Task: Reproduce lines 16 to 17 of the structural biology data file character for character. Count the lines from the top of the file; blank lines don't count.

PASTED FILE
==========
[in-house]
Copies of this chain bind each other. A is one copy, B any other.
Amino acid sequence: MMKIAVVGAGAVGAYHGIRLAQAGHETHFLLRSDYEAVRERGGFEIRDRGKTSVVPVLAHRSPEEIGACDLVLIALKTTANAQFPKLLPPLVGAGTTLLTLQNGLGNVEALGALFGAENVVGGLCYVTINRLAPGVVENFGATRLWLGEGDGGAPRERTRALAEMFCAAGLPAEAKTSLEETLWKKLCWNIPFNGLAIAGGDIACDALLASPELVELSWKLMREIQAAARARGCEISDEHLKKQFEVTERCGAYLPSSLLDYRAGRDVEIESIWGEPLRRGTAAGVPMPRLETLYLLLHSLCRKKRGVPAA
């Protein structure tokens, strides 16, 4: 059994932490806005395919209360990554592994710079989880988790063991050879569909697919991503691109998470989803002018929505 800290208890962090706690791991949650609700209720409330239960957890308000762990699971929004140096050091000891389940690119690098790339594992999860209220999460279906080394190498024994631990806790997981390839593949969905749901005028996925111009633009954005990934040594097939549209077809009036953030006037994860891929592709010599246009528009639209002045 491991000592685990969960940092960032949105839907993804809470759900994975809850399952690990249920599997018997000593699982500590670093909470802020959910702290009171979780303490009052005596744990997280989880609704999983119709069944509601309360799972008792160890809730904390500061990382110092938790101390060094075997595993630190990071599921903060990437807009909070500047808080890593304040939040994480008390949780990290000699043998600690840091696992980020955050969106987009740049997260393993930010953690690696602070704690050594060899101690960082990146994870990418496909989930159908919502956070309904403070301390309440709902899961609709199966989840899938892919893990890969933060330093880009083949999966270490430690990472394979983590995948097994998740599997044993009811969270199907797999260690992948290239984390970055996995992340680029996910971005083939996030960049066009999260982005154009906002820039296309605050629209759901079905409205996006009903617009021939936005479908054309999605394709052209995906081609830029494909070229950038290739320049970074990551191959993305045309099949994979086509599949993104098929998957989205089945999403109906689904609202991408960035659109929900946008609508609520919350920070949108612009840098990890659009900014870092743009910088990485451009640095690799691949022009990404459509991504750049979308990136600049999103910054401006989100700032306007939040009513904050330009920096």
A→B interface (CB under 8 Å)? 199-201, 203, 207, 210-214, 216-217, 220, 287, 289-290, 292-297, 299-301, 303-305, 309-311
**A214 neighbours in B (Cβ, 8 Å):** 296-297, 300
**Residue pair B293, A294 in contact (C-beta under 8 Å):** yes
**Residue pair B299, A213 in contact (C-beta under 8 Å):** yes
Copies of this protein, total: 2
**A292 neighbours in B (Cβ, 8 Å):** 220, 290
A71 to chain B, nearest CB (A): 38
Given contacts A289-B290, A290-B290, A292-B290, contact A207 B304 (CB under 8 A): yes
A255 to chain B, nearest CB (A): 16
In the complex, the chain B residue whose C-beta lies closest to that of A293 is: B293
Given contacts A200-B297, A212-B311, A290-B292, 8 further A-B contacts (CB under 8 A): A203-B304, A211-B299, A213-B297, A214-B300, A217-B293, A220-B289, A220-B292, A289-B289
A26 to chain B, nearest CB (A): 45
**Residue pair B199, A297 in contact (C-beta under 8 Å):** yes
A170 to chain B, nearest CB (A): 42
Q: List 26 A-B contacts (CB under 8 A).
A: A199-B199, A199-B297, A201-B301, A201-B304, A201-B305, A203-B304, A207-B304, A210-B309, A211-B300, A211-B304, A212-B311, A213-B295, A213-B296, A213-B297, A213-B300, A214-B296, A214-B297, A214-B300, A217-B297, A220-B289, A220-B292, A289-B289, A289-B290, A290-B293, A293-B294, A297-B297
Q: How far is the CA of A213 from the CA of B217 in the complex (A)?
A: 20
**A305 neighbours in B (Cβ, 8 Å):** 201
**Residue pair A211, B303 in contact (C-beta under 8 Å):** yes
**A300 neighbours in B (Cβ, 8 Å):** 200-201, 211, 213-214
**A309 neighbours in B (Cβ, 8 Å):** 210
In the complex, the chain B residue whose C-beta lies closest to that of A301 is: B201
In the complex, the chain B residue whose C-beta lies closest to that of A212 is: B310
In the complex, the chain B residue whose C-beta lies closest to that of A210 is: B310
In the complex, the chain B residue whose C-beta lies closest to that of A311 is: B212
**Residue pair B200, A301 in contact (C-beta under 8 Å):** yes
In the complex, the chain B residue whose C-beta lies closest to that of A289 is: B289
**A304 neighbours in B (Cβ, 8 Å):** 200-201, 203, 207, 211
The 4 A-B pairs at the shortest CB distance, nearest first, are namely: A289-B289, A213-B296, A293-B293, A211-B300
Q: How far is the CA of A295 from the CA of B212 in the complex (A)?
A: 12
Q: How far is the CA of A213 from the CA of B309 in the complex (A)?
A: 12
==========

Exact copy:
A26 to chain B, nearest CB (A): 45
**Residue pair B199, A297 in contact (C-beta under 8 Å):** yes